John Metcalfe was CityLab’s Bay Area bureau chief, covering climate change and the science of cities.
It does not help the health of birds to paint them orange.
What kind of person sees a wild creature and thinks, That could really use a fresh coat of paint?
A Floridian, it appears, because the state’s denizens keep touching up hapless animals like Bob Vila run amok. First it was people decorating turtles with paint and nail polish, making them fun-looking while also harming their respiratory systems, blocking their vitamin uptake, and marking them as easy meals for predators.
Now there’s this poor Boca Raton bird that somebody managed to cover with what looks like orange spray paint:
Some more photos from the Florida Fish and Wildlife Conservation Commission:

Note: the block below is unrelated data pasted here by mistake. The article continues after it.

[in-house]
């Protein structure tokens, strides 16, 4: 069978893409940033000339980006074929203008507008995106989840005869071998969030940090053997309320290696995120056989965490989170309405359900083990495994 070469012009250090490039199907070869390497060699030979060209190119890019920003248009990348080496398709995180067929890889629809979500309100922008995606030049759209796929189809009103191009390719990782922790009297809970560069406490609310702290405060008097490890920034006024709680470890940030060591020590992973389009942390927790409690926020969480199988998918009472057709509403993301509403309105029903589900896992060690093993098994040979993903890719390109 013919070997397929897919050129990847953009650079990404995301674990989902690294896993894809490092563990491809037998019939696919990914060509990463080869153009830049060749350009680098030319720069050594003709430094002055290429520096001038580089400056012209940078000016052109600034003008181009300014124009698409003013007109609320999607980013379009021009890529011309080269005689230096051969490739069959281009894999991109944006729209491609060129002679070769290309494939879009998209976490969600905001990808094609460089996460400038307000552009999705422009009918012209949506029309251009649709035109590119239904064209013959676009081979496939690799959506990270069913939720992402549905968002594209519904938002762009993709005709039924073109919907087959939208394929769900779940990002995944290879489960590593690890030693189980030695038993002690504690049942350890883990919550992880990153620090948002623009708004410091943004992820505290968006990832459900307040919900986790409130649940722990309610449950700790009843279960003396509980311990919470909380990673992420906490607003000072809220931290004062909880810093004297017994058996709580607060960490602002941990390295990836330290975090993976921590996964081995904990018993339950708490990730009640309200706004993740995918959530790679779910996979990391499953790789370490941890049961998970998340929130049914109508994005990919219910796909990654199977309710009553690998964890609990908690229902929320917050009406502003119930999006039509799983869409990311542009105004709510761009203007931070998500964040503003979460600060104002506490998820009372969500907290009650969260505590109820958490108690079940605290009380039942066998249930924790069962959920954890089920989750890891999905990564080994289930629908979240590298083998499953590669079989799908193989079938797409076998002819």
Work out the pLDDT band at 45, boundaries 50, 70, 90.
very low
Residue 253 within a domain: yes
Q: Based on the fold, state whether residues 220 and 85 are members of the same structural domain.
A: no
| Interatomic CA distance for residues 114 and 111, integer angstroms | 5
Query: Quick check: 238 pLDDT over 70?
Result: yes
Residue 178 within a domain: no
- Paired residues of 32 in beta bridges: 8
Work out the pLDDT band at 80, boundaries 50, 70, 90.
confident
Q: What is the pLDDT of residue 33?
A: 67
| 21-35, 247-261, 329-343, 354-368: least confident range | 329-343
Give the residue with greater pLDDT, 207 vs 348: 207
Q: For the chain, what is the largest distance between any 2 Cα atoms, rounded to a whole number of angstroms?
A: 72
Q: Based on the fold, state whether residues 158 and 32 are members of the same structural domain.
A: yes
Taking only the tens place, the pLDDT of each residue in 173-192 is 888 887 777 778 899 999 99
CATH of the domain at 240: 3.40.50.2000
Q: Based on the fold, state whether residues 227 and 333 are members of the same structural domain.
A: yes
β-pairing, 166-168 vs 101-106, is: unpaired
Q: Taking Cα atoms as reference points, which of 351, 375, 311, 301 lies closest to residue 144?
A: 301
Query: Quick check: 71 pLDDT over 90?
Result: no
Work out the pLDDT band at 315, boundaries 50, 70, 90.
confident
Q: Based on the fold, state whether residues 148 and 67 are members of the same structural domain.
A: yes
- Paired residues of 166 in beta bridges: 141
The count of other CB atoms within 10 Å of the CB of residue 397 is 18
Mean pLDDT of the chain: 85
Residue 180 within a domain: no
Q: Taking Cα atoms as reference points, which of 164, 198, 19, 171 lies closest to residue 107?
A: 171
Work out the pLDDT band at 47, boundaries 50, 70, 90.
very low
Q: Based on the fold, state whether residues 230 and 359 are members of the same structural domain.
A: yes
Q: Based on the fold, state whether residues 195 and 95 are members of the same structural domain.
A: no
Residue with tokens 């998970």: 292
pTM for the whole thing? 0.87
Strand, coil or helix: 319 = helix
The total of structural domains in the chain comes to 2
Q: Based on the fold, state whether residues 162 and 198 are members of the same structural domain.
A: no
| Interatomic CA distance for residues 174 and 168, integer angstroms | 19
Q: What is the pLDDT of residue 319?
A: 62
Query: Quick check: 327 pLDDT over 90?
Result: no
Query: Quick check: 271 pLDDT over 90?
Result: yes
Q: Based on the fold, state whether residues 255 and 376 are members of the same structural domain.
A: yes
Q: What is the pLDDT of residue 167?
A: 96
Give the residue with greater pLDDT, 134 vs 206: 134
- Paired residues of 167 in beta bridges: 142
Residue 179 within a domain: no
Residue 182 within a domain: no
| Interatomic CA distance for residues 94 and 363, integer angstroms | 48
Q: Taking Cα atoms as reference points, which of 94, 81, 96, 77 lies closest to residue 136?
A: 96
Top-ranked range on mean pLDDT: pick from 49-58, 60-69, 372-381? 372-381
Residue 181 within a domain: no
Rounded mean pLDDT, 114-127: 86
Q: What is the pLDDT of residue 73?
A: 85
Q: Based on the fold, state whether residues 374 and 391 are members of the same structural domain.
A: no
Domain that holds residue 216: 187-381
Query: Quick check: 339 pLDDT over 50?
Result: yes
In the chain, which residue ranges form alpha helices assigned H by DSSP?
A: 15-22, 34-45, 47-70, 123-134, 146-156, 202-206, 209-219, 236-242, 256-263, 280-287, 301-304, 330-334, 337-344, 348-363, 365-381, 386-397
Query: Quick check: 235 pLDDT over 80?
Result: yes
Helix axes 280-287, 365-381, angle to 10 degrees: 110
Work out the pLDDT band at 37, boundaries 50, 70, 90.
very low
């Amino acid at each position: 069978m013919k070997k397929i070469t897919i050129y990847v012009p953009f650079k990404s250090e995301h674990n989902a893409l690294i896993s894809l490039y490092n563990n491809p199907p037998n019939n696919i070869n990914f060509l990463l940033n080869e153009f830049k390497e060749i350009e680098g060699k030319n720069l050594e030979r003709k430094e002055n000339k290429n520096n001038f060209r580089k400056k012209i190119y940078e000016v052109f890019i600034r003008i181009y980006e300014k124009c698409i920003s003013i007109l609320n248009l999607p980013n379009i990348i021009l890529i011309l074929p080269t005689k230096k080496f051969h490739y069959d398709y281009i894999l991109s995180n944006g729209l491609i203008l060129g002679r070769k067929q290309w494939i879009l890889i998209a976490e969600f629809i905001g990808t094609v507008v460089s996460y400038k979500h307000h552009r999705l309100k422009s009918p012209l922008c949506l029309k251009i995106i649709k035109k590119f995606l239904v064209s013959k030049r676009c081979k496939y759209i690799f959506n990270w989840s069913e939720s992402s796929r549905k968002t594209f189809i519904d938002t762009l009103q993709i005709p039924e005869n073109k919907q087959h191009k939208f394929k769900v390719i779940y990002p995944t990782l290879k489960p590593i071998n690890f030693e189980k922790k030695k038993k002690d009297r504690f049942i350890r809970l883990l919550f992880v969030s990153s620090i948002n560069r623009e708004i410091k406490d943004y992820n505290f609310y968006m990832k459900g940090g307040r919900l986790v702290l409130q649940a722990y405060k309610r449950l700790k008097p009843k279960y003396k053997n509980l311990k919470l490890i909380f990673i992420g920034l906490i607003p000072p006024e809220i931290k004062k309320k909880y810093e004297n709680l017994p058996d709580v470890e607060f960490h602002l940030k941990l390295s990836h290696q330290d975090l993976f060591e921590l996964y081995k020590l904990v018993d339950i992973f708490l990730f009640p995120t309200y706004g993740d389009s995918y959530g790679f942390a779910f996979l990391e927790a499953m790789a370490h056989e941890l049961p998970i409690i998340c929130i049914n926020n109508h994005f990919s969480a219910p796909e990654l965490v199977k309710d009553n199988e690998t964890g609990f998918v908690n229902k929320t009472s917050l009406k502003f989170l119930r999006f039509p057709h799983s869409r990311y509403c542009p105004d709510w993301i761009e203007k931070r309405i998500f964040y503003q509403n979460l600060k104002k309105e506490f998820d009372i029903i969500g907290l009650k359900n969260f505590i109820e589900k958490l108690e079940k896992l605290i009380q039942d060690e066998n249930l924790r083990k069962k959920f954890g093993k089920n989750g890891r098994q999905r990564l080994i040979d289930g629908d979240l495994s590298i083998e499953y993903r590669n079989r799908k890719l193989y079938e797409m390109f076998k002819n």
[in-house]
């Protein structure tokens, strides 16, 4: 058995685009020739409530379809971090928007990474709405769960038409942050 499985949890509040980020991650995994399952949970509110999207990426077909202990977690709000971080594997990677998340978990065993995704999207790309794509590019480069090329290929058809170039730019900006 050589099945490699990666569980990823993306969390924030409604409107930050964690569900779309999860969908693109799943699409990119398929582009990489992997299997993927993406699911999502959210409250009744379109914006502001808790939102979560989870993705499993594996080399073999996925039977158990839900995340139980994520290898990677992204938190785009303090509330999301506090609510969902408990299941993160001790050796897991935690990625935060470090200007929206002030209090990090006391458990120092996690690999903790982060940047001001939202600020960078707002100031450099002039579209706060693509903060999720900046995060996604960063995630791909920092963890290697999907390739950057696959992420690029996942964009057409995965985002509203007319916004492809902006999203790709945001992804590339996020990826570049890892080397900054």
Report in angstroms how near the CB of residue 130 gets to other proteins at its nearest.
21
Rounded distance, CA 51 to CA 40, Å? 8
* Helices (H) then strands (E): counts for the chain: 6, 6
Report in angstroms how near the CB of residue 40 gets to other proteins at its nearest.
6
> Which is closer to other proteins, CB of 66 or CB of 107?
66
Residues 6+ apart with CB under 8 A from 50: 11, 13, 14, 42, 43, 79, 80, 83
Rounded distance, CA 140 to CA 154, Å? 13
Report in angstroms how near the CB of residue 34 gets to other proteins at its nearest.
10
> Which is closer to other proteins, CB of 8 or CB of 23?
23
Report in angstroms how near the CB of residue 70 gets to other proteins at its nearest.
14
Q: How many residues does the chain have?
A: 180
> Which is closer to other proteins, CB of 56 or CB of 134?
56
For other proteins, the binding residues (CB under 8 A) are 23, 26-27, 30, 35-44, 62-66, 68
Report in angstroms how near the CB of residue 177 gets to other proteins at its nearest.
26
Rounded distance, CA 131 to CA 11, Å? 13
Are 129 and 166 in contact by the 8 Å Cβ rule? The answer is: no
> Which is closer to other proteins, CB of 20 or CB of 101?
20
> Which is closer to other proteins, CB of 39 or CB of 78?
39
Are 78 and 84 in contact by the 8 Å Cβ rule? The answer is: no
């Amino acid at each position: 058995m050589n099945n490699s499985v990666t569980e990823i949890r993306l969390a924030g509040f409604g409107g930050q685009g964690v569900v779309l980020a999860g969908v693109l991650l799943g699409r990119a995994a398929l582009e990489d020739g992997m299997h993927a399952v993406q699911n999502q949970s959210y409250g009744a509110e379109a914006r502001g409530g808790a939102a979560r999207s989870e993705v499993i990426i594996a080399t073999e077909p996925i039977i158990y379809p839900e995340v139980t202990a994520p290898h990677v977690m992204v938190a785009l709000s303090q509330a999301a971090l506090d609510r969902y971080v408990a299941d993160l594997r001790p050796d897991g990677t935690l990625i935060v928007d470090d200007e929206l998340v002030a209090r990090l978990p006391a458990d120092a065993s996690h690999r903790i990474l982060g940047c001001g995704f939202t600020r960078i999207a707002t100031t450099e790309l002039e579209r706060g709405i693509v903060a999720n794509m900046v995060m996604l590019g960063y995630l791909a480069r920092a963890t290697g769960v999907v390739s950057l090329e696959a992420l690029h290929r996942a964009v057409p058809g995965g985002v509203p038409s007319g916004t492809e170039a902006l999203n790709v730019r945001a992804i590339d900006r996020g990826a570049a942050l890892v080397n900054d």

“Please keep your paint on the canvas and off of wildlife,” writes the commission in what should’ve been an extremely unnecessary PSA. “White ibis are protected in Florida. Not only is it illegal to paint them, but it is cruel to paint any wildlife.”
The bird is now living in a wildlife sanctuary while experts try to remove the paint, which can destroy its natural waterproofing and cause it to heat up dangerously in the sun, among other health problems. As to how it came to be painted, one person on Facebook notes ibis are “very docile” birds that could be snatched by a quick-handed miscreant. Another speculates it might be “just really stupid people, trying to see if the same bird is in their yard. Still inexcusable.”